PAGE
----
the actual anniversary was in June but it ain’t too late to find a bigger boat!
By Karen D’Souza, Bay Area News Group
Posted: 07/01/15, 4:32 PM PDT
Roy Scheider, left, and Robert Shaw star in ‘Jaws.’ (AP Photo/Universal Pictures)
A young woman went skinny dipping by moonlight on Amity Island 40 years ago this summer, and the zeitgeist has never been the same.
As the swimmer glided through the water, something ominous tugged at her leg, dragging her under, screaming. It was the chilling opening scene from “Jaws,” a horror movie that cleverly eschewed fictional monsters for a real source of terror — sharks.
“It wasn’t so much the notion of a limb-lacerating shark or even a relentless great white, but that instinctual fear one feels when your dainty, dangling toes have disappeared in the murky depths, and then they brush against something unexpectedly solid.”
— Steven Seid, former film curator at Berkeley’s Pacific Film Archive
In an eerie twist of fate, the 40th anniversary of Steven Spielberg’s iconic 1975 thriller has coincided with a rise in the number of shark attacks on American shores. Just when you thought it was safe to go back in the water, the sharks have taken a bite out of your complacency. There have been at least seven attacks along North Carolina beaches this summer and another two off the coast of Florida. Most of the victims have been children and teenagers, and most were bitten or struck while swimming in waist-deep water not far from shore.
Although attacks have been steadily rising since 1970, according to the Florida Museum of Natural History, experts maintain that shark attacks remain rare. A swimmer runs a one in 11.5 million chance of getting crunched, but that fact has done little to quell the American cultural obsession with the monsters of the sea. Indeed, the fear of the shark’s gaping maw and glassy black stare may be deeply embedded in the human experience. It’s a response to predators that has been with us since the days of the caveman.
“There is something incredibly powerful and distinctive about the shark as a cultural symbol, putting it in a special class by itself in American pop culture,” says Scot Guenter, professor of American studies at San Jose State. “The shark is primordial and primitive while visceral and deadly; he is a remnant of a prehistoric past when man lacked power.”
Psychologists note that we are hard-wired to dread the thing just out of sight, from the monster under the bed to the creatures of the deep. Once you wade into the surf, you are out of your element as a human and plunged into a realm where sharks and octopi and jellyfish reign supreme. Underwater you run the risk of being stalked by an apex predator quite capable of eating you alive.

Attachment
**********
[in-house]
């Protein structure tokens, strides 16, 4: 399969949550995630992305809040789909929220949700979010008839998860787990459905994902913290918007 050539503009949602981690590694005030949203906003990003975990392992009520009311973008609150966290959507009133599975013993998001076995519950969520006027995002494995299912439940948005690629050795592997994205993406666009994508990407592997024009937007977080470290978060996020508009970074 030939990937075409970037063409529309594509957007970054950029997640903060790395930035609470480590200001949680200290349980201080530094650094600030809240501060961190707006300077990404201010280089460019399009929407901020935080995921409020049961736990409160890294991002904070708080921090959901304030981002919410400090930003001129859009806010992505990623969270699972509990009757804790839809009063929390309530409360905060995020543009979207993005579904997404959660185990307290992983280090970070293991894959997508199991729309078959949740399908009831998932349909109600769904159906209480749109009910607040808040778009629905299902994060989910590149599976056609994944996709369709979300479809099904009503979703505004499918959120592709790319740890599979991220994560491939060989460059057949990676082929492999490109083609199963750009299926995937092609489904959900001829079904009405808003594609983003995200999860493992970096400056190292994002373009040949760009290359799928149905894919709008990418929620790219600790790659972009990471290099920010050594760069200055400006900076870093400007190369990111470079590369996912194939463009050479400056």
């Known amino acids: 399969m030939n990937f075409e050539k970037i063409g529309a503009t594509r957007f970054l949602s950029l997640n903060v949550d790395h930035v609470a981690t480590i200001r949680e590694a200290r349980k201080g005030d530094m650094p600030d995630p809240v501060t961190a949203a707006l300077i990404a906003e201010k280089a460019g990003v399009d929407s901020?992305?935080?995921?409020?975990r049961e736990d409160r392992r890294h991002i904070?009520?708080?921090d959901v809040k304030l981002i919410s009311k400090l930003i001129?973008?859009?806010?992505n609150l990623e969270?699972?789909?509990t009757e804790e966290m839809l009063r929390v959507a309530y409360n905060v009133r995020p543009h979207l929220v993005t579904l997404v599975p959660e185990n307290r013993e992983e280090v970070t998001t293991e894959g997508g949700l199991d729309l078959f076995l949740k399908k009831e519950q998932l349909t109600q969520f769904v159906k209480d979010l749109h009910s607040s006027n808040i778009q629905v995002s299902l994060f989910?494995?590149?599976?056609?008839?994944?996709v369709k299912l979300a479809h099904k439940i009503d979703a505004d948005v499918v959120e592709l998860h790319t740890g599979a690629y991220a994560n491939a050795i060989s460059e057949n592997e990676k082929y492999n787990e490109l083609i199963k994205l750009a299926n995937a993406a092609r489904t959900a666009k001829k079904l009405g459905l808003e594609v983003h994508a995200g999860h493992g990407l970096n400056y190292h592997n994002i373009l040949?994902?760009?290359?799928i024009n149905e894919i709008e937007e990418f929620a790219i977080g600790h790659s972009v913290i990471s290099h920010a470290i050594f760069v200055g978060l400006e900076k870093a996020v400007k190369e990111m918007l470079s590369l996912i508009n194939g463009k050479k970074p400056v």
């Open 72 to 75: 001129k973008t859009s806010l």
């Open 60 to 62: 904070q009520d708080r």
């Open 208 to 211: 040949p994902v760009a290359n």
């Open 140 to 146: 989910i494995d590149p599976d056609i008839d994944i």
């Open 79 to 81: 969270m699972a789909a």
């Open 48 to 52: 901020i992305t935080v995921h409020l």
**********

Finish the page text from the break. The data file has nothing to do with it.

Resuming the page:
“It is a primal fear, like many people have with snakes, spiders and the dark,” says Thomas Plante, professor of psychology at Santa Clara University. “We are likely wired to be fearful of sharks due to our evolutionary past.”
Long before the feeding frenzy of the Discovery Channel’s “Shark Week” and the bottom-feeding camp of “Sharknado,” “Jaws” became an iconic flick. Not only did it become the highest grossing film of its time, setting the bar for the genre of summer blockbuster, but it aso tapped into an enduring terror of the unknown. That’s what gives the movie such staying power four decades after its release.
“Steven Spielberg was really onto something,” says Steven Seid, former film curator at Berkeley’s Pacific Film Archive. “It wasn’t so much the notion of a limb-lacerating shark or even a relentless great white, but that instinctual fear one feels when your dainty, dangling toes have disappeared in the murky depths, and then they brush against something unexpectedly solid. The fact that it happened to be a ruthless, body-chompin’ shark is a just bonus attached to that built-in fear.”
Of course, the irony is that it’s the ocean creatures that have long been under siege. There are massive die-offs occurring, and sharks are actually endangered, but our fear of them is alive and well. Experts insist that the rise in attacks is caused by the fact that there are more humans than ever before, and that means more bodies in the water.
The media can also take its share of the blame for making such a big splash around every shark attack, leaving the public with a distorted view of the risk of getting chomped.
“Shark attacks make headlines, yet they are very rare, similar to airplane crashes,” says Plante. “Over 30,000 flights go up and down each day in the U.S.A., and it is obviously a very safe way to travel, yet one horrific story about a crash, and people freak out … . This is true for sharks attacks, too.”
Ironically, the more scientific knowledge we amass about the evolution and dynamics of the shark, from its prehistoric roots to its endless roaming of the seven seas in search of food, the more petrified we get.
“The shark is at the top of the food chain,” says Guenter. “There is a mystery about him that reminds us there are great unknowns we can’t control.”
and from that film legends were born which will live on for centuries!
Živjeli to the irascible Captain Quint…you set the bar very high for this moral mariner to ever hope to clear but not gonna quit trying either chief!